7 Steps to Clean Up Your Yard and Improve Water Quality

Spring has finally arrived! 

It seems we have been waiting for spring since the groundhog saw his shadow back in February and predicted 6 more weeks of winter. Who knew he would actually be right and just a little off by predicting only 6 more weeks? It’s time to walk out the door, breathe in spring air and start your yard and garden care.

Here are some helpful tips to get you started and improve water quality both locally and globally.

1. Pick-Up

  • Pick-up any trash that might have blown in during the plethora of nor’easters we had.
  • Collect and gather fallen leaves, twigs and stray garden cuttings. These are a great addition to your compost pile. By cleaning them up you also keep them from getting washed into the storm systems where they can lower the oxygen levels in our natural water sources.

2. Test Your Soils (lawn, planting beds and garden)

  • It’s important to test your soils to determine the correct amount of fertilizer needed for your plants. Fertilizer in excess will not be used by the plants and can pollute the groundwater and local water sources.
  • Soil test kits, with instructions, are available from some commercial lawn care firms, garden centers and every county Penn State Extension office.

3. Aerate Your Lawn (before you reseed)

  • Many lawn soils are compacted from years of heavy use. Grass does best in loose soil and traps more stormwater.
  • Core aeration for your lawn can be done by a lawn care company or with equipment rented form a lawn center.

4. Fertilize and Lime

  • Nitrogen is one of the most important nutrients for grass growth but it is not easily measured with a soil test. Slow release nitrogen fertilizer is less likely to harm water or burn your plants.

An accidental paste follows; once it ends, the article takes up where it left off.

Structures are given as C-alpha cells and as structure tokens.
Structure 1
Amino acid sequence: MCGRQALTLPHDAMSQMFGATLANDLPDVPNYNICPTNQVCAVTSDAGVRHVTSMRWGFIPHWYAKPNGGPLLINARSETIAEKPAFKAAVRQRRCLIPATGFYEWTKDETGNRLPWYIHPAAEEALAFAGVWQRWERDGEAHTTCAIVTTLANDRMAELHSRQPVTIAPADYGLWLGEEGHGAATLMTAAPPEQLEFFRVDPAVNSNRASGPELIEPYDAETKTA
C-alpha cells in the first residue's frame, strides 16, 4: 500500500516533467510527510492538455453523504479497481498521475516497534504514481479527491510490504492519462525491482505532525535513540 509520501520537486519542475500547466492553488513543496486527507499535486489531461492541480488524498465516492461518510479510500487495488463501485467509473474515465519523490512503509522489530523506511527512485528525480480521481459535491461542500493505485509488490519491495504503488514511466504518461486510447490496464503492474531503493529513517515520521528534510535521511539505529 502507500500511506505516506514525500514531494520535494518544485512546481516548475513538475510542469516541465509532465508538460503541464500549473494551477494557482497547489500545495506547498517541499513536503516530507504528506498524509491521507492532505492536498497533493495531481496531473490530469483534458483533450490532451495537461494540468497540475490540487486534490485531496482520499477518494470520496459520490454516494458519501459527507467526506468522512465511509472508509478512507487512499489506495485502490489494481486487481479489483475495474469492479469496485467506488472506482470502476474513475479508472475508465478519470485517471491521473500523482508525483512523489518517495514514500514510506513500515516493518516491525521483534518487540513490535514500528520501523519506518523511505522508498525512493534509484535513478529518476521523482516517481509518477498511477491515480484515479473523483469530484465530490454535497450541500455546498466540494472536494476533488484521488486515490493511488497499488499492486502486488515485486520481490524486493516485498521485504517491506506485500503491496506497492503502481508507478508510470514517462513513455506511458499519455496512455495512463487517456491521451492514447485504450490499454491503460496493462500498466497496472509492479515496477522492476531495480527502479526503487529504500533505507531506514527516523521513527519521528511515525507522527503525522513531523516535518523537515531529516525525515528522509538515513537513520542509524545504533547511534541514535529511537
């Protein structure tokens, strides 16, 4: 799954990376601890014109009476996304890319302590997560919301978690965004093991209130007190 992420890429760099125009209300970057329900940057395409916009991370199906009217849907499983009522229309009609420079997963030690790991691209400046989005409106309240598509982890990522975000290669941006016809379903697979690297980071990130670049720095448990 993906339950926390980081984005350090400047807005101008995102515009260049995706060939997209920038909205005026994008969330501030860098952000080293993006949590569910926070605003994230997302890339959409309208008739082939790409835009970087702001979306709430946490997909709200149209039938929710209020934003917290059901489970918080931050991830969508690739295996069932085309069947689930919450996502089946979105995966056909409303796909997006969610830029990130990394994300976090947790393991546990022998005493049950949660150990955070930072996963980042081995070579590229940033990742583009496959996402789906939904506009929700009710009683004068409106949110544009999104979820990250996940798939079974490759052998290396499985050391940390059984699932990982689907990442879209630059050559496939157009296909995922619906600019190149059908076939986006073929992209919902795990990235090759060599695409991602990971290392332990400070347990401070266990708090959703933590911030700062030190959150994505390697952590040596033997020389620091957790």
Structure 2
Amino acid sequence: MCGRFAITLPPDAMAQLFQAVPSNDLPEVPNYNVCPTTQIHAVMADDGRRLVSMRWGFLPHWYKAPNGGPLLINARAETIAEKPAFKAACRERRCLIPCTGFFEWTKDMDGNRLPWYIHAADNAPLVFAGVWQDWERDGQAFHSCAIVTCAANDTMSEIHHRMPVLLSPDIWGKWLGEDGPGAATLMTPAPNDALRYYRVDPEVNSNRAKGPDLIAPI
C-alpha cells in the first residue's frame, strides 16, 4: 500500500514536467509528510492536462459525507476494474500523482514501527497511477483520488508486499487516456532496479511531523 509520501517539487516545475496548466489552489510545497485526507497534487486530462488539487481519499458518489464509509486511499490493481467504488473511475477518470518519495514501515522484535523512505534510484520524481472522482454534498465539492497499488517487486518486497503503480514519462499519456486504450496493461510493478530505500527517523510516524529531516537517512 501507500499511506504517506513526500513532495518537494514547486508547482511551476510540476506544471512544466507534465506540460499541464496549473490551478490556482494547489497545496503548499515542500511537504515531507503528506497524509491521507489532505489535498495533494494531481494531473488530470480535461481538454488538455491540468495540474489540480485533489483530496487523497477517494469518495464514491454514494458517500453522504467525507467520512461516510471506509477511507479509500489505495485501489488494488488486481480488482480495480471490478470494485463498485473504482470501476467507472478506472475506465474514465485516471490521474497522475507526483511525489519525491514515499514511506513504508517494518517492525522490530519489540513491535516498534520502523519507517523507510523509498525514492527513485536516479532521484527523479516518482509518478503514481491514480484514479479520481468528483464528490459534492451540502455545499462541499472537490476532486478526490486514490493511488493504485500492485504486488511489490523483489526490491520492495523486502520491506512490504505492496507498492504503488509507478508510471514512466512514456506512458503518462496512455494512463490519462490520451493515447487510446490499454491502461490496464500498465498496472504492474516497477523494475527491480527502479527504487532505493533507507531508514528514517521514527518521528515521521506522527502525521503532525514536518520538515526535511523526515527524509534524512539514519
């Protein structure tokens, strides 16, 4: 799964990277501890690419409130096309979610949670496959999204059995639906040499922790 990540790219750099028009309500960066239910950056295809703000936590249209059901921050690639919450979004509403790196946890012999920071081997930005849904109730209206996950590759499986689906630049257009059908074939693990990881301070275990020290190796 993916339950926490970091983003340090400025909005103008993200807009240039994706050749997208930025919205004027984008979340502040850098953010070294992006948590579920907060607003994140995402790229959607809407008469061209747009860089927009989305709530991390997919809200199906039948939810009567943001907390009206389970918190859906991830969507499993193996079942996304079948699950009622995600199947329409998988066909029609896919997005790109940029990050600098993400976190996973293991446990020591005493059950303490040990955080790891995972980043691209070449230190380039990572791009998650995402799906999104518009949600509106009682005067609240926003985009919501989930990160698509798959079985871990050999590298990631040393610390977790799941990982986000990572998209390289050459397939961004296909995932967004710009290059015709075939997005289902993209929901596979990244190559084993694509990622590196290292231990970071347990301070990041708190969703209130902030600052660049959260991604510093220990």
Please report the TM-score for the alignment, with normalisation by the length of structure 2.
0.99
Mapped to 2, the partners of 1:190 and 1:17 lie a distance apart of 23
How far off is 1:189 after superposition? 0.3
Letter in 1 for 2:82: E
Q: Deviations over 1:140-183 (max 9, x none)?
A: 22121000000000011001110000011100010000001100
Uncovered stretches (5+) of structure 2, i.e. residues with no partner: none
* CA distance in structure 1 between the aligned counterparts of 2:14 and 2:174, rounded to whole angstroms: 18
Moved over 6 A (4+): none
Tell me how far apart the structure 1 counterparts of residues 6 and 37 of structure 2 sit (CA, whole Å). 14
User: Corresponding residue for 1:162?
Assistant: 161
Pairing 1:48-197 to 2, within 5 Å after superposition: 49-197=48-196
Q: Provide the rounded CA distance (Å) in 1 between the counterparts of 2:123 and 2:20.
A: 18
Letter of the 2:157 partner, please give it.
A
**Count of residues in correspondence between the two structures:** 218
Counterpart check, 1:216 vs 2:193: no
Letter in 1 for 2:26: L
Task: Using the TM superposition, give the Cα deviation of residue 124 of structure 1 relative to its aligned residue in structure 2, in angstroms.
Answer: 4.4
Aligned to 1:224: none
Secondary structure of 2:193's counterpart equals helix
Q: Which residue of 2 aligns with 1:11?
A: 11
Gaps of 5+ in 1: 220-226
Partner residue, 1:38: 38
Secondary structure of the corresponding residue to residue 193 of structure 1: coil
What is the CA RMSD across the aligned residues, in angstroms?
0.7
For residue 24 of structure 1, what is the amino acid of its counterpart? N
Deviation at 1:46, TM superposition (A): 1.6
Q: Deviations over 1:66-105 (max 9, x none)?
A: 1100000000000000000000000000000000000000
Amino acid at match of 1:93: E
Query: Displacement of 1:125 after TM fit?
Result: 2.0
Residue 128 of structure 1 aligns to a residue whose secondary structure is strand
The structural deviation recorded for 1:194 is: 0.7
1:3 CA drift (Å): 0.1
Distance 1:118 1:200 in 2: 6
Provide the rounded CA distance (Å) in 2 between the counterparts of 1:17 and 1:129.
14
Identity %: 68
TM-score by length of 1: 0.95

• Your spring fertilizer should include crabgrass preventer.
  • Here in the Northeast, you should also lime your lawn to neutralize your soil – especially if you have a mulching blade on your mower. The only exception would be if you live in a carbonite/limestone region.
  • It is common to spread out your fertilizer applications over the growing season, applying 1/3 in mid-spring, 1/3 in late summer, and 1/3 in late fall.

5. Patch Your Grass
The freeze/thaw cycles this winter have wreaked havoc on our lawns and not to mention all those hungry critters. Also, how can you forget shovel, plow and salt damage?

  • Take a stroll through your lawn and check for bare spots.  Having a thick lawn produces less runoff than a lawn with bare and exposed soil patches.
  • After the threat of hard frost is over- by May 15th – reseed your lawn. It is ok to overseed before then, knowing the grass seed will germinate when the weather is consistently warmer.
  • To help out your planting beds- add a layer of mulch at any time.

6. Prepare For Mowing

  • Make sure your lawn mower has sharp blades. Cleanly cut grass improves the health of the grass and promotes denser growth.
  • Cutting your lawn at a higher length – 2 ½ inches or more- helps your lawn survive dry spells and shade out nasty weeds.
  • When you do cut – mulch your grass clippings. They are a free source of nitrogen fertilizer.

7. Plant Trees and Shrubs

  • Spring is a great time to plant trees and shrubs.
  • Using native plants will help provide important water quality benefits.

                                –   Reduce stormwater
                                                     –     Filter pollutants
                                                     –     Leaves intercept rainfall

There are many other ways to help with stormwater capture and reuse. Maybe this year you might want to try a rain barrel to capture the rainwater for your garden.

Most important- have fun and enjoy the spring!